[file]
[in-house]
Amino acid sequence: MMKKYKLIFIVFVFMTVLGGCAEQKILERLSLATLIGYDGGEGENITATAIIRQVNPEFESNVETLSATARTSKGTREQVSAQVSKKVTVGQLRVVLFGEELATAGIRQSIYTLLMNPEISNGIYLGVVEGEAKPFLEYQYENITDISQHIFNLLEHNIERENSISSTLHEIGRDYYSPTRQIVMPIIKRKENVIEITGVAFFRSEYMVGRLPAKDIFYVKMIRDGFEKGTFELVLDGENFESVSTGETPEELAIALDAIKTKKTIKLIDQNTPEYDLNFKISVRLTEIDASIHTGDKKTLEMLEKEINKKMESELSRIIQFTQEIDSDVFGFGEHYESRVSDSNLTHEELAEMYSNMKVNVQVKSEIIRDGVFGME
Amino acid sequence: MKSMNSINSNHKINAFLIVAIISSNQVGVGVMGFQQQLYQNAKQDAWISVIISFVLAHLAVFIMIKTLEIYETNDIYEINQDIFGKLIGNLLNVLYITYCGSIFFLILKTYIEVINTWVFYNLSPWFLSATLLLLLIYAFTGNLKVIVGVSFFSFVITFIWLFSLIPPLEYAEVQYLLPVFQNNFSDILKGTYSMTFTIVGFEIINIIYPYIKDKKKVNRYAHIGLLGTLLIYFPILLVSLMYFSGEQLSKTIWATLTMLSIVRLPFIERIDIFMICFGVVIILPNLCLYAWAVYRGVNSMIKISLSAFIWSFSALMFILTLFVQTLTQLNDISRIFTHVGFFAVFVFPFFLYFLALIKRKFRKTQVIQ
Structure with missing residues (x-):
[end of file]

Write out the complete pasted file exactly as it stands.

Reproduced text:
[in-house]
Amino acid sequence: MMKKYKLIFIVFVFMTVLGGCAEQKILERLSLATLIGYDGGEGENITATAIIRQVNPEFESNVETLSATARTSKGTREQVSAQVSKKVTVGQLRVVLFGEELATAGIRQSIYTLLMNPEISNGIYLGVVEGEAKPFLEYQYENITDISQHIFNLLEHNIERENSISSTLHEIGRDYYSPTRQIVMPIIKRKENVIEITGVAFFRSEYMVGRLPAKDIFYVKMIRDGFEKGTFELVLDGENFESVSTGETPEELAIALDAIKTKKTIKLIDQNTPEYDLNFKISVRLTEIDASIHTGDKKTLEMLEKEINKKMESELSRIIQFTQEIDSDVFGFGEHYESRVSDSNLTHEELAEMYSNMKVNVQVKSEIIRDGVFGME
Amino acid sequence: MKSMNSINSNHKINAFLIVAIISSNQVGVGVMGFQQQLYQNAKQDAWISVIISFVLAHLAVFIMIKTLEIYETNDIYEINQDIFGKLIGNLLNVLYITYCGSIFFLILKTYIEVINTWVFYNLSPWFLSATLLLLLIYAFTGNLKVIVGVSFFSFVITFIWLFSLIPPLEYAEVQYLLPVFQNNFSDILKGTYSMTFTIVGFEIINIIYPYIKDKKKVNRYAHIGLLGTLLIYFPILLVSLMYFSGEQLSKTIWATLTMLSIVRLPFIERIDIFMICFGVVIILPNLCLYAWAVYRGVNSMIKISLSAFIWSFSALMFILTLFVQTLTQLNDISRIFTHVGFFAVFVFPFFLYFLALIKRKFRKTQVIQ
Structure with missing residues (x-):